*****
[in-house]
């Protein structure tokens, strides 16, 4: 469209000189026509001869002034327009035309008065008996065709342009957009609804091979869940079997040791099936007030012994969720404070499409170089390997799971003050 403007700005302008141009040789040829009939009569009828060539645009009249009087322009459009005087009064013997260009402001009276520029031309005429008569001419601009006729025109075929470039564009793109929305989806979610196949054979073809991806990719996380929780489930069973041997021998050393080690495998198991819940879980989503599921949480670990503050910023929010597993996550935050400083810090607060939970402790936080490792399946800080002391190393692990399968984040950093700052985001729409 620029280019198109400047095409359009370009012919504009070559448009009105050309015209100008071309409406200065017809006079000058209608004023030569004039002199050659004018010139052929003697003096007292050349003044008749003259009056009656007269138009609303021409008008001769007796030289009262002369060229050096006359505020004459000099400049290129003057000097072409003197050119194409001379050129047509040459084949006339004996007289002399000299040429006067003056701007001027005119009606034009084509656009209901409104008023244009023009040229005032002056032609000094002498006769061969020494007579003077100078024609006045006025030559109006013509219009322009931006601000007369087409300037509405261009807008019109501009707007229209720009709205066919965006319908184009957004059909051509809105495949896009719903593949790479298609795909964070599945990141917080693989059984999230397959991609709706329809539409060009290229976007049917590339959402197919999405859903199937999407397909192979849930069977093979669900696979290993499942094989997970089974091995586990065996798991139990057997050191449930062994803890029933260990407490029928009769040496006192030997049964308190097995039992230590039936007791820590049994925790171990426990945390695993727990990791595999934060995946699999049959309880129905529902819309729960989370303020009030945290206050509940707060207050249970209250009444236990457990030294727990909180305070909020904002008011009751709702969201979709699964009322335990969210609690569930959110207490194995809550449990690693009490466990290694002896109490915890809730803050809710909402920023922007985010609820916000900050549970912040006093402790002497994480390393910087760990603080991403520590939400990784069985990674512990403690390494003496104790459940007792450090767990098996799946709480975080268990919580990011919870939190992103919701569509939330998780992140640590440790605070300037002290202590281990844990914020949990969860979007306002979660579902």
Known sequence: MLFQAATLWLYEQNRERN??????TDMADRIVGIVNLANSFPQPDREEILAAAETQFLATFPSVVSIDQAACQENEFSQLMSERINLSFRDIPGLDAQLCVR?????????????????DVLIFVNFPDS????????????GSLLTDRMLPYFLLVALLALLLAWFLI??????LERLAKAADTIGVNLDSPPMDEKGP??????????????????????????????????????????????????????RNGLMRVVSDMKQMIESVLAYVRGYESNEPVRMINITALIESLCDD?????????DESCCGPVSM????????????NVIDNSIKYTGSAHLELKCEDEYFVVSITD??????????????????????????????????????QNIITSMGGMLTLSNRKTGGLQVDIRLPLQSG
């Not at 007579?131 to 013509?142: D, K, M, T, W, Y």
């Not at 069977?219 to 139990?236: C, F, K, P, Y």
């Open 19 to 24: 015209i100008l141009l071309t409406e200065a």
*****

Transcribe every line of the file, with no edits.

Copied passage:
[in-house]
């Protein structure tokens, strides 16, 4: 469209000189026509001869002034327009035309008065008996065709342009957009609804091979869940079997040791099936007030012994969720404070499409170089390997799971003050 403007700005302008141009040789040829009939009569009828060539645009009249009087322009459009005087009064013997260009402001009276520029031309005429008569001419601009006729025109075929470039564009793109929305989806979610196949054979073809991806990719996380929780489930069973041997021998050393080690495998198991819940879980989503599921949480670990503050910023929010597993996550935050400083810090607060939970402790936080490792399946800080002391190393692990399968984040950093700052985001729409 620029280019198109400047095409359009370009012919504009070559448009009105050309015209100008071309409406200065017809006079000058209608004023030569004039002199050659004018010139052929003697003096007292050349003044008749003259009056009656007269138009609303021409008008001769007796030289009262002369060229050096006359505020004459000099400049290129003057000097072409003197050119194409001379050129047509040459084949006339004996007289002399000299040429006067003056701007001027005119009606034009084509656009209901409104008023244009023009040229005032002056032609000094002498006769061969020494007579003077100078024609006045006025030559109006013509219009322009931006601000007369087409300037509405261009807008019109501009707007229209720009709205066919965006319908184009957004059909051509809105495949896009719903593949790479298609795909964070599945990141917080693989059984999230397959991609709706329809539409060009290229976007049917590339959402197919999405859903199937999407397909192979849930069977093979669900696979290993499942094989997970089974091995586990065996798991139990057997050191449930062994803890029933260990407490029928009769040496006192030997049964308190097995039992230590039936007791820590049994925790171990426990945390695993727990990791595999934060995946699999049959309880129905529902819309729960989370303020009030945290206050509940707060207050249970209250009444236990457990030294727990909180305070909020904002008011009751709702969201979709699964009322335990969210609690569930959110207490194995809550449990690693009490466990290694002896109490915890809730803050809710909402920023922007985010609820916000900050549970912040006093402790002497994480390393910087760990603080991403520590939400990784069985990674512990403690390494003496104790459940007792450090767990098996799946709480975080268990919580990011919870939190992103919701569509939330998780992140640590440790605070300037002290202590281990844990914020949990969860979007306002979660579902």
Known sequence: MLFQAATLWLYEQNRERN??????TDMADRIVGIVNLANSFPQPDREEILAAAETQFLATFPSVVSIDQAACQENEFSQLMSERINLSFRDIPGLDAQLCVR?????????????????DVLIFVNFPDS????????????GSLLTDRMLPYFLLVALLALLLAWFLI??????LERLAKAADTIGVNLDSPPMDEKGP??????????????????????????????????????????????????????RNGLMRVVSDMKQMIESVLAYVRGYESNEPVRMINITALIESLCDD?????????DESCCGPVSM????????????NVIDNSIKYTGSAHLELKCEDEYFVVSITD??????????????????????????????????????QNIITSMGGMLTLSNRKTGGLQVDIRLPLQSG
């Not at 007579?131 to 013509?142: D, K, M, T, W, Y």
């Not at 069977?219 to 139990?236: C, F, K, P, Y």
């Open 19 to 24: 015209i100008l141009l071309t409406e200065a």